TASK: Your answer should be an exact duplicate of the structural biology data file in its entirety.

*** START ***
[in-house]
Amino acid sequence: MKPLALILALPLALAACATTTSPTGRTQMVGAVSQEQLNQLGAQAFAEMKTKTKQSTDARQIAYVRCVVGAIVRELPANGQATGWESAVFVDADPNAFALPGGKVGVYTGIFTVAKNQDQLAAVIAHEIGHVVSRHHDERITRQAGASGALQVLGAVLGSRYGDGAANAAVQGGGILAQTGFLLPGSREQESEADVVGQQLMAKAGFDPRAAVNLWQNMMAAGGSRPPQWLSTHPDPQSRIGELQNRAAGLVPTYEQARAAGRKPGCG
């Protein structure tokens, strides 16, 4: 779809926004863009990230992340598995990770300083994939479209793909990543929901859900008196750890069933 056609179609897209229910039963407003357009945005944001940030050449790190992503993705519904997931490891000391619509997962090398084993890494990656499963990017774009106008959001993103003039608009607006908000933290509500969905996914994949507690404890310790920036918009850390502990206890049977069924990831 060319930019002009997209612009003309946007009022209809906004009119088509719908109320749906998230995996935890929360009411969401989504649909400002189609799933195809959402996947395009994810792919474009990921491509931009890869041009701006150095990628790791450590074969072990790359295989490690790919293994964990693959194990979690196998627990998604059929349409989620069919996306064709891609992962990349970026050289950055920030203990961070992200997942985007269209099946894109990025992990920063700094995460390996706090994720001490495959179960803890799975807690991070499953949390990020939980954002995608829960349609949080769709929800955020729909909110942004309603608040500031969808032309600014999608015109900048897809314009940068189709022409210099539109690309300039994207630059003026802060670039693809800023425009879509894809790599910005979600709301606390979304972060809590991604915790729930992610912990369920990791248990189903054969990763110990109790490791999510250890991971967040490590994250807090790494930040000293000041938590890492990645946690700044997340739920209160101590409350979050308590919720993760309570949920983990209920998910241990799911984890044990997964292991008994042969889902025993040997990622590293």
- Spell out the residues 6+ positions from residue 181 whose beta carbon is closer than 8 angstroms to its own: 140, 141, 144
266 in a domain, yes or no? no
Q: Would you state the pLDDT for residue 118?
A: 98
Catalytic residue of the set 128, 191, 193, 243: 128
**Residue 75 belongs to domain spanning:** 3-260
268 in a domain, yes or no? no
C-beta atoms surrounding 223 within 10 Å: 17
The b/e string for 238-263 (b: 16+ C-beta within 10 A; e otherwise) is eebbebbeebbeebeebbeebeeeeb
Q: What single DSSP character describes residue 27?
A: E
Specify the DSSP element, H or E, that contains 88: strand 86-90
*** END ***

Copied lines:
[in-house]
Amino acid sequence: MKPLALILALPLALAACATTTSPTGRTQMVGAVSQEQLNQLGAQAFAEMKTKTKQSTDARQIAYVRCVVGAIVRELPANGQATGWESAVFVDADPNAFALPGGKVGVYTGIFTVAKNQDQLAAVIAHEIGHVVSRHHDERITRQAGASGALQVLGAVLGSRYGDGAANAAVQGGGILAQTGFLLPGSREQESEADVVGQQLMAKAGFDPRAAVNLWQNMMAAGGSRPPQWLSTHPDPQSRIGELQNRAAGLVPTYEQARAAGRKPGCG
């Protein structure tokens, strides 16, 4: 779809926004863009990230992340598995990770300083994939479209793909990543929901859900008196750890069933 056609179609897209229910039963407003357009945005944001940030050449790190992503993705519904997931490891000391619509997962090398084993890494990656499963990017774009106008959001993103003039608009607006908000933290509500969905996914994949507690404890310790920036918009850390502990206890049977069924990831 060319930019002009997209612009003309946007009022209809906004009119088509719908109320749906998230995996935890929360009411969401989504649909400002189609799933195809959402996947395009994810792919474009990921491509931009890869041009701006150095990628790791450590074969072990790359295989490690790919293994964990693959194990979690196998627990998604059929349409989620069919996306064709891609992962990349970026050289950055920030203990961070992200997942985007269209099946894109990025992990920063700094995460390996706090994720001490495959179960803890799975807690991070499953949390990020939980954002995608829960349609949080769709929800955020729909909110942004309603608040500031969808032309600014999608015109900048897809314009940068189709022409210099539109690309300039994207630059003026802060670039693809800023425009879509894809790599910005979600709301606390979304972060809590991604915790729930992610912990369920990791248990189903054969990763110990109790490791999510250890991971967040490590994250807090790494930040000293000041938590890492990645946690700044997340739920209160101590409350979050308590919720993760309570949920983990209920998910241990799911984890044990997964292991008994042969889902025993040997990622590293």
- Spell out the residues 6+ positions from residue 181 whose beta carbon is closer than 8 angstroms to its own: 140, 141, 144
266 in a domain, yes or no? no
Q: Would you state the pLDDT for residue 118?
A: 98
Catalytic residue of the set 128, 191, 193, 243: 128
**Residue 75 belongs to domain spanning:** 3-260
268 in a domain, yes or no? no
C-beta atoms surrounding 223 within 10 Å: 17
The b/e string for 238-263 (b: 16+ C-beta within 10 A; e otherwise) is eebbebbeebbeebeebbeebeeeeb
Q: What single DSSP character describes residue 27?
A: E
Specify the DSSP element, H or E, that contains 88: strand 86-90